Treating others the way we would treat our elderly parents. Treating others the way we want to be treated. The Golden Rule exists in all religious traditions because it touches upon the most fundamental aspect of human life – we all want to be treated with respect and love.

Whenever we look upon another person, we must remember that they also are created in the image and likeness of God. They have God’s divine imprint. We treat them the way we want to be treated not because we want something in return but because we see God’s image in them just as He is in us!

The true mark of an authentic human being, one who has reached their God-given potential living out the divine likeness in which they were created, is to love the world around us in a Christ-like manner, in an extreme manner. To love not only our family and friends and those who treat us well, but to love and treat kindly the unknown strangers and even our enemies. This essential teaching of divine love summarizes our faith. We were created out of God’s eternal love, we are deeply loved by God, and our purpose in life is to love one another.

Remember, we love not because we will receive something in return. We don’t follow the Golden Rule so that others will treat us in the same way. We love others simply because this is our nature as children of God. Just as God loves us, we love one another. And we are capable of such love precisely because we were created in the image of our merciful, loving, and heavenly Father, whose unconditional love embraces all!

Allow me to conclude with one other story: A frail old man went to live with his son, daughter-in-law, and four-year-old grandson. The old man’s hands trembled, his eyesight was blurred, and his step faltered. The family ate together at the table but the elderly grandfather’s shaky hands and failing sight made dinner time unpleasant. Peas rolled off his spoon onto the floor. When he grasped the glass, his drink spilled on the tablecloth.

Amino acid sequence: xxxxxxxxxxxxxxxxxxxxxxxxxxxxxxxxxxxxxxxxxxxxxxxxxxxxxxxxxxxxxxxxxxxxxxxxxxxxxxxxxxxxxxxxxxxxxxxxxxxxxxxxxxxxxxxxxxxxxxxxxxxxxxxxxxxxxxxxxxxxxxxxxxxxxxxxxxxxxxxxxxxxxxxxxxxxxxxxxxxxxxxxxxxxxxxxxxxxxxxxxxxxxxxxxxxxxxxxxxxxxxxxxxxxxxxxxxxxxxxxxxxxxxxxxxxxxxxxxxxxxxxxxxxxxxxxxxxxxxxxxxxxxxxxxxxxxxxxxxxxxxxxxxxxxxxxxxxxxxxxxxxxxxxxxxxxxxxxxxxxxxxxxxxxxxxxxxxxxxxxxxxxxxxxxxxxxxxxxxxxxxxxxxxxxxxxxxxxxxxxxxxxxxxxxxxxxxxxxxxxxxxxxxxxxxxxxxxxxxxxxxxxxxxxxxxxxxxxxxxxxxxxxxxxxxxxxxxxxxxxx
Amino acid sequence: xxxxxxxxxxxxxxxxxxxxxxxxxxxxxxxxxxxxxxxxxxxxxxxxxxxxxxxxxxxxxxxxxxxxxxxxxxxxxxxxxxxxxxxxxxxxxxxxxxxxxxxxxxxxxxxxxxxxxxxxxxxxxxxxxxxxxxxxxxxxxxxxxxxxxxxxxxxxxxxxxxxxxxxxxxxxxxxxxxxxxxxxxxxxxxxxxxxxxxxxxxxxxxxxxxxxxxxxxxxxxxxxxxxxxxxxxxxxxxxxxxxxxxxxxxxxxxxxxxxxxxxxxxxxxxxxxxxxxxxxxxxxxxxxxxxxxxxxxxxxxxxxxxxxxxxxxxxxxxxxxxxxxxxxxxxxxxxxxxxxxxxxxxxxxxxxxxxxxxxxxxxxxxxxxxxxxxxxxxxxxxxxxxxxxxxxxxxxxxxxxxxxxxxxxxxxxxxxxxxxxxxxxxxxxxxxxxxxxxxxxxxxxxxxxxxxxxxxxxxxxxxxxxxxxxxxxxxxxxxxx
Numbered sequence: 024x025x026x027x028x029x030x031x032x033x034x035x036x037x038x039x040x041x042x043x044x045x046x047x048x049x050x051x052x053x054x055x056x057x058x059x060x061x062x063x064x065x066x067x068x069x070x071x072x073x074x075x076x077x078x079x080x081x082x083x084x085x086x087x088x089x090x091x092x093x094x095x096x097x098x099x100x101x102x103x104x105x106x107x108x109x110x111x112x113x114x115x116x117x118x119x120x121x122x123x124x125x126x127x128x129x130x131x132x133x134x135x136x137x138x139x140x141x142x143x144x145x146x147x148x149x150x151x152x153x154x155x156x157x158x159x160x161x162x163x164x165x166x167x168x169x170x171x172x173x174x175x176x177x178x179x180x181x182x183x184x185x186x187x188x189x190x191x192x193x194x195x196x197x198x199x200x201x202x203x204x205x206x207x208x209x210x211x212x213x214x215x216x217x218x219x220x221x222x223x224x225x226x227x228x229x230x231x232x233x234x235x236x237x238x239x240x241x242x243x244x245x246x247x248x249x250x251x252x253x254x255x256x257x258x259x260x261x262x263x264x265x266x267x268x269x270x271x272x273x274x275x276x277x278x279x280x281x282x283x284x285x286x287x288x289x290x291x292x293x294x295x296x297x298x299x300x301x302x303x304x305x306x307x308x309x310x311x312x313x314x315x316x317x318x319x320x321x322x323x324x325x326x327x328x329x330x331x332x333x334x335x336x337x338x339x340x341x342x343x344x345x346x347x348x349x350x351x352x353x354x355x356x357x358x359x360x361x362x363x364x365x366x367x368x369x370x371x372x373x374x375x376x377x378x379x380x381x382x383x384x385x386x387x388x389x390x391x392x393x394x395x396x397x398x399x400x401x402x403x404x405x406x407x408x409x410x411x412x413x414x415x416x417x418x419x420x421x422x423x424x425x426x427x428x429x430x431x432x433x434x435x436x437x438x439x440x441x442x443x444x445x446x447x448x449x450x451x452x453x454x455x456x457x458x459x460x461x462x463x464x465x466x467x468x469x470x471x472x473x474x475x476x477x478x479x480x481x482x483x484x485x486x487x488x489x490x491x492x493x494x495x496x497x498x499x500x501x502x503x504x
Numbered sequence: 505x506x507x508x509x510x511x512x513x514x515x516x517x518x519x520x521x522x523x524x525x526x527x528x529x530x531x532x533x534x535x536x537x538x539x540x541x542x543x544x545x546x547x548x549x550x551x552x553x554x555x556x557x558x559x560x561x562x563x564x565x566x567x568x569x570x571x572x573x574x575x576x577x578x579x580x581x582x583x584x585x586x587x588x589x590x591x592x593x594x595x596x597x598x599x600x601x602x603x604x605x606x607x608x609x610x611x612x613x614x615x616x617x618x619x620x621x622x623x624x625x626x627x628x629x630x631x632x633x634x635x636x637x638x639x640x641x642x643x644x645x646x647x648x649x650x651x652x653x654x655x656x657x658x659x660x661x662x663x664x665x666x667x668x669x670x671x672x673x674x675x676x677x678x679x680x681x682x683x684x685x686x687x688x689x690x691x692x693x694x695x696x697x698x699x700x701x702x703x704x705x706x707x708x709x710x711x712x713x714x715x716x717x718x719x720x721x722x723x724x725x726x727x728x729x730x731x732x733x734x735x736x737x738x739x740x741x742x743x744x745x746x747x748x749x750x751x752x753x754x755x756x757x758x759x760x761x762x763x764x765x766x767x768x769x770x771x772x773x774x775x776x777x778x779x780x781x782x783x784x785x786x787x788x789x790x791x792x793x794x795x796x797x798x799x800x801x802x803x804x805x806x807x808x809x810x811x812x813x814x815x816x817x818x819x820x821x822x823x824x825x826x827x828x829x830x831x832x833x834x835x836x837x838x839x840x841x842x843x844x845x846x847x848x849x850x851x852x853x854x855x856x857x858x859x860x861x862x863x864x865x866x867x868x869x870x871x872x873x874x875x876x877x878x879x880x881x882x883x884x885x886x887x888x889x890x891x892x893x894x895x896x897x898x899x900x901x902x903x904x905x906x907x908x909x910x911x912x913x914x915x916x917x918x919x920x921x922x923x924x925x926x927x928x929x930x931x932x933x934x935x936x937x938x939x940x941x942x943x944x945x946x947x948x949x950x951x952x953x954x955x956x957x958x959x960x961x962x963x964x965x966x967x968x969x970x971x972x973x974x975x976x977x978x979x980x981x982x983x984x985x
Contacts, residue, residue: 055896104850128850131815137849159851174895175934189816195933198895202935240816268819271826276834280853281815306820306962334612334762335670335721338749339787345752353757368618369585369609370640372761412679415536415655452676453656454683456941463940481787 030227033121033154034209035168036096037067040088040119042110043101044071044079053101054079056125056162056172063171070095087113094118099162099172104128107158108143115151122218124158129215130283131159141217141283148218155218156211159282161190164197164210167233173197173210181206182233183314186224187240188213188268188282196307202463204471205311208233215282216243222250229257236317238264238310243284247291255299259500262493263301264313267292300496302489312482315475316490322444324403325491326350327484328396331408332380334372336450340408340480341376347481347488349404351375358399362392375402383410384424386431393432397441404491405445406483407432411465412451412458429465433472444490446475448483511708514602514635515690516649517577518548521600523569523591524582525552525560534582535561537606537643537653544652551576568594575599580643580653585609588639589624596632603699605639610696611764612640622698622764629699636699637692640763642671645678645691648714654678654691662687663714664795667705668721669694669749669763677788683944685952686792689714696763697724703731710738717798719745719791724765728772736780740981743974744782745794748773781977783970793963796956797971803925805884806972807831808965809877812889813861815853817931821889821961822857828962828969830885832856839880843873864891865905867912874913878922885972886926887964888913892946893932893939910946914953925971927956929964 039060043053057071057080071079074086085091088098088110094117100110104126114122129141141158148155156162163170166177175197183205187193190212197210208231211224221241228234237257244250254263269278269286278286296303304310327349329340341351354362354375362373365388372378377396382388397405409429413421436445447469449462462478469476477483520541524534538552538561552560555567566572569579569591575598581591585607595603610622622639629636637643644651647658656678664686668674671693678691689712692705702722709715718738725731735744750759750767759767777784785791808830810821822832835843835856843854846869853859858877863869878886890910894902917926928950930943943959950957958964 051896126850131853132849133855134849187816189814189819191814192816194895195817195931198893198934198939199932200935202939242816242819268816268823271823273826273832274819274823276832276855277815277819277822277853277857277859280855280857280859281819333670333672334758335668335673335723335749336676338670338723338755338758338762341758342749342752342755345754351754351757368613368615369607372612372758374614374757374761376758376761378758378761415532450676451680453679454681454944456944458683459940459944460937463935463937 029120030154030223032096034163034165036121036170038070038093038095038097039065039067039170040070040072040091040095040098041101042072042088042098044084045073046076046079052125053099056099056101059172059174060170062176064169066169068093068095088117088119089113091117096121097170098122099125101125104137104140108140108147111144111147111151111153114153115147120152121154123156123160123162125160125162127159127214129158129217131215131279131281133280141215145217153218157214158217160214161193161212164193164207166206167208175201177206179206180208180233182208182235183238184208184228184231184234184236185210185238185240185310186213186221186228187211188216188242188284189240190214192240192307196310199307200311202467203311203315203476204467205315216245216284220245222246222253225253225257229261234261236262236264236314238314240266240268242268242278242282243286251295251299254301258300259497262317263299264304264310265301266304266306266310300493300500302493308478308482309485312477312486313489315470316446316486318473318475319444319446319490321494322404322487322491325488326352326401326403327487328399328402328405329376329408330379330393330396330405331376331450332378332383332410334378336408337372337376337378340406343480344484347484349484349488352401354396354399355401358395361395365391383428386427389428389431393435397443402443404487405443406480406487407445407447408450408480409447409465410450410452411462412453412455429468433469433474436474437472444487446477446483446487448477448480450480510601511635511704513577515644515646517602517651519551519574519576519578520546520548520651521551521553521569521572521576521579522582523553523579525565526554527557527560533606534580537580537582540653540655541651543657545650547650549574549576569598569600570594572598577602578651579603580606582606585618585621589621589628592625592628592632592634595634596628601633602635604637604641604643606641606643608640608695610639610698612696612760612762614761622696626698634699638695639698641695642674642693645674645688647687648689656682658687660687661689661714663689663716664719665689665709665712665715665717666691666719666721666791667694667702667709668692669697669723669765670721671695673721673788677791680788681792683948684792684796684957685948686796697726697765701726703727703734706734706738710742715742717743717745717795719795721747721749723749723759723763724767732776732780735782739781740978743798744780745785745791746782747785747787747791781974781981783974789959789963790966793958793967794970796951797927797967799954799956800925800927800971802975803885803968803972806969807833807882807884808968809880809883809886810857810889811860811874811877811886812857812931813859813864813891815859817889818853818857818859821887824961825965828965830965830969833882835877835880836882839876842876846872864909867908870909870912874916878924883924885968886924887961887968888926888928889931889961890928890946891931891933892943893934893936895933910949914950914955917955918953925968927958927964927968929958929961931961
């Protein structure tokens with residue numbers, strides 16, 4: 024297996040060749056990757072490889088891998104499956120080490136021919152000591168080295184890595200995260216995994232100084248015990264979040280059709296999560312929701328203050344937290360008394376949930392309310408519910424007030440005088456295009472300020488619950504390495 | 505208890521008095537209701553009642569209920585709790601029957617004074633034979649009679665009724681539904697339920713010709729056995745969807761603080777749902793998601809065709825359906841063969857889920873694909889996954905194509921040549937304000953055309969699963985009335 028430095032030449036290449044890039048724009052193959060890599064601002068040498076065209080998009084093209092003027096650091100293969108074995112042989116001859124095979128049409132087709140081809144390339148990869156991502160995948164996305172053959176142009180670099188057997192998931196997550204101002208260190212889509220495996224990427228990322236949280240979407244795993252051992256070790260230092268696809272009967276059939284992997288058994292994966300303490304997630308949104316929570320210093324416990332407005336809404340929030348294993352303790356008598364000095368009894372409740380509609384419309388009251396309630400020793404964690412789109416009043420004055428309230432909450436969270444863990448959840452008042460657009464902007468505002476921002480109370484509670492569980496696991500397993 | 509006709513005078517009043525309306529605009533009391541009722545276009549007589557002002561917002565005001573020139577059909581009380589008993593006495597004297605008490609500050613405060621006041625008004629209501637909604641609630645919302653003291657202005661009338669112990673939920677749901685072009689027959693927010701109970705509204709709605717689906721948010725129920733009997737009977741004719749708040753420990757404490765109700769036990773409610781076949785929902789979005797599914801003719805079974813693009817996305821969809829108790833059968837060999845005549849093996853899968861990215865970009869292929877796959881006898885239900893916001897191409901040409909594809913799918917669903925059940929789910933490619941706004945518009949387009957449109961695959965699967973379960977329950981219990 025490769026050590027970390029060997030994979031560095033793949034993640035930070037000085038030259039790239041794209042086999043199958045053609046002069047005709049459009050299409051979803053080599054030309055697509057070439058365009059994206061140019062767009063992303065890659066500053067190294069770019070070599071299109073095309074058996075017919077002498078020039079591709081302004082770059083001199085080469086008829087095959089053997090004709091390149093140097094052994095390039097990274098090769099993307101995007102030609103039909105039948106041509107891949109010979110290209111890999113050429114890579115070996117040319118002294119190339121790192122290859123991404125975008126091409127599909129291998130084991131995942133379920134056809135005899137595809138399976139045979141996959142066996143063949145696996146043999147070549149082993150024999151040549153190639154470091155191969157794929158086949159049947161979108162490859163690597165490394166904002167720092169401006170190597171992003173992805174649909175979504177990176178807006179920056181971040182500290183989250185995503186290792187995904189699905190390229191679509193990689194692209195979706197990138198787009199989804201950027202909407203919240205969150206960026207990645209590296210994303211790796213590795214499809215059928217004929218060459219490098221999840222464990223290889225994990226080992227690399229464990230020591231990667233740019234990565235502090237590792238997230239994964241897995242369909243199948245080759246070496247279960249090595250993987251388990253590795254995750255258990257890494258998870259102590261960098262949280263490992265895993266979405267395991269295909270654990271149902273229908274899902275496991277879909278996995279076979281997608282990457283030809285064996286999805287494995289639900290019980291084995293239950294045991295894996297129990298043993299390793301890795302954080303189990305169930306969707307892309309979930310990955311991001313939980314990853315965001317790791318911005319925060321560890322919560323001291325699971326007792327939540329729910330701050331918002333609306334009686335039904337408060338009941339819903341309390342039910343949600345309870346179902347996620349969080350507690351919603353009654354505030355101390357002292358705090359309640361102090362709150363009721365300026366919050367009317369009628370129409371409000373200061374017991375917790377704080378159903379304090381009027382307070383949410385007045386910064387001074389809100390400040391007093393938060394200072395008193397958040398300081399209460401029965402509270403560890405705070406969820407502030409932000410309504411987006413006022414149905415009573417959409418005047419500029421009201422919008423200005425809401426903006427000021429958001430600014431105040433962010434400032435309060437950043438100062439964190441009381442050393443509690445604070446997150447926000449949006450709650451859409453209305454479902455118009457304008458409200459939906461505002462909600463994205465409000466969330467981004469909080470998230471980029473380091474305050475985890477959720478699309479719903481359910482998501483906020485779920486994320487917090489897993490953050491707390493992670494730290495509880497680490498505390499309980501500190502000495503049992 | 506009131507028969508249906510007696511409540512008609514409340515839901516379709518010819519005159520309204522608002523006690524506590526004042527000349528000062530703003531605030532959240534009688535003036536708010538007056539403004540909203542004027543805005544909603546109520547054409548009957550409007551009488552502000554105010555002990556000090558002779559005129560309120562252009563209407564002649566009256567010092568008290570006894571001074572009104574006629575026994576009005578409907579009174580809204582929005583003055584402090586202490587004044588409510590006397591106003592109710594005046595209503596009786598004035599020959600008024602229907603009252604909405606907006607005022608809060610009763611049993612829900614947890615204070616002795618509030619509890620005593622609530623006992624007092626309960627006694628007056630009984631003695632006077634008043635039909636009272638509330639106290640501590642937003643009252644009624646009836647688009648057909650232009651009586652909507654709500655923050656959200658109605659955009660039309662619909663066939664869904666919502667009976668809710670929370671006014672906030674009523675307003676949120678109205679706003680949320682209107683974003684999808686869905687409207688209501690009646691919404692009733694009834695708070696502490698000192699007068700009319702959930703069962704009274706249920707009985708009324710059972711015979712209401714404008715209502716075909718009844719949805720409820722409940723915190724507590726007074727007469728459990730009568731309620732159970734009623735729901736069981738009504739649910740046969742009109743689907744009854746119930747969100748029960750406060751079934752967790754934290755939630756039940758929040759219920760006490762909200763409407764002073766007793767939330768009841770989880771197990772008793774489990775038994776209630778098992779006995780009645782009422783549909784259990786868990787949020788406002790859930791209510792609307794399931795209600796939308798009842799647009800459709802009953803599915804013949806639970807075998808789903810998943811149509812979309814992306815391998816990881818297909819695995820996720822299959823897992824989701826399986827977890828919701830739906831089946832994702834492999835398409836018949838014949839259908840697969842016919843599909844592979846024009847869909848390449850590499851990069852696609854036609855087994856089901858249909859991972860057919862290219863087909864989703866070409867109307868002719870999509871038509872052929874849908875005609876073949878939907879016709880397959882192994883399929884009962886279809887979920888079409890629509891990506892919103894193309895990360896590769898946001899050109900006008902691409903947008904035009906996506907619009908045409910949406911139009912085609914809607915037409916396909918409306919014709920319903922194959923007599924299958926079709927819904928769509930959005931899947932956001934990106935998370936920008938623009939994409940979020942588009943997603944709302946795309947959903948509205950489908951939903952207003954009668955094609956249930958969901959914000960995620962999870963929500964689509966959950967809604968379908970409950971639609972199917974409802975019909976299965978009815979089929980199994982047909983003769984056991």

The son and daughter-in-law became irritated with the mess that the grandfather made every day. “Enough of this chaos!” the parents said to one another. So, they set a small table in the corner of the kitchen where the grandfather ate alone while the rest of the family enjoyed dinner. Since Grandfather had broken a dish or two, the parents served everything to him in a wooden bowl! When the family glanced in Grandfather’s direction, sometimes he had a tear in his eye as he sat alone, yet, the only words the couple had for him were sharp admonitions when he dropped a cup or spilled his food.

Their four-year-old child observed all in silence. One day, the young boy was playing with some wood when the father asked him sweetly, “What are you making?” Just as sweetly, the boy responded, “Oh, I am making a little wooden bowl for you and Mama to eat your food in when I grow up.” The four-year-old smiled and went back to work.

The father stood speechless as tears streamed down his cheek. That evening the husband took his father’s hand and gently led him back to the family table. For the rest of his life, the grandfather ate every meal with the family. And for some reason, neither husband nor wife seemed to care any longer when a fork was dropped, milk spilled, or the tablecloth soiled.

Sometimes we need to learn the Golden Rule the hard way. Treat others the way you want to be treated. Yet always remember, the mark of an authentic human being, one who has reached their God-given potential, is to treat others the way God treats us, to love others as God loves us.

Living By the Golden Rule

 

Fr Luke A. Veronis